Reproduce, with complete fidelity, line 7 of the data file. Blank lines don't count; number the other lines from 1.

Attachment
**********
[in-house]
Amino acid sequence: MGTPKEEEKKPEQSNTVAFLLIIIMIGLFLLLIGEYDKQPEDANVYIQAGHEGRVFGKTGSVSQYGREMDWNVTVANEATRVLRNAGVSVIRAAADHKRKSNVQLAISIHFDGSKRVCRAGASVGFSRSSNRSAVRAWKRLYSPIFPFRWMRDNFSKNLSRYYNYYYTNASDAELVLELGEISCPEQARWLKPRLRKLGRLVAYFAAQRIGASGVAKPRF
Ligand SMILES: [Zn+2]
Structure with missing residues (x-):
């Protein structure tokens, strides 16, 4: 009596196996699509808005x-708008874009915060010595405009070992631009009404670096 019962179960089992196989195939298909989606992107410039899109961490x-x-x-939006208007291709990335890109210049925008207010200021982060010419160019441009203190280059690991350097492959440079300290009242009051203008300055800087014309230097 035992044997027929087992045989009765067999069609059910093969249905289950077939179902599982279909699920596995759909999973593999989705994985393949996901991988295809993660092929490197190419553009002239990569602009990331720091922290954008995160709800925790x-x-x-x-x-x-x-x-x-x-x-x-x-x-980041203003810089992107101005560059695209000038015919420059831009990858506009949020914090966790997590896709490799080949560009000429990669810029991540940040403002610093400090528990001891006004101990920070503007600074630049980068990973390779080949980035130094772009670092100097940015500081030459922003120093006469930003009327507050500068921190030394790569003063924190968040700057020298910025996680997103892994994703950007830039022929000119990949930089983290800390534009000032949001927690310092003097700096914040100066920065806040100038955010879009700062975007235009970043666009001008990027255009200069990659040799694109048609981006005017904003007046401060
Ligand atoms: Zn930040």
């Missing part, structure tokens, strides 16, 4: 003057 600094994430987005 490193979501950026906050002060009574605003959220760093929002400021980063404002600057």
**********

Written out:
């Missing part, structure tokens, strides 16, 4: 003057 600094994430987005 490193979501950026906050002060009574605003959220760093929002400021980063404002600057």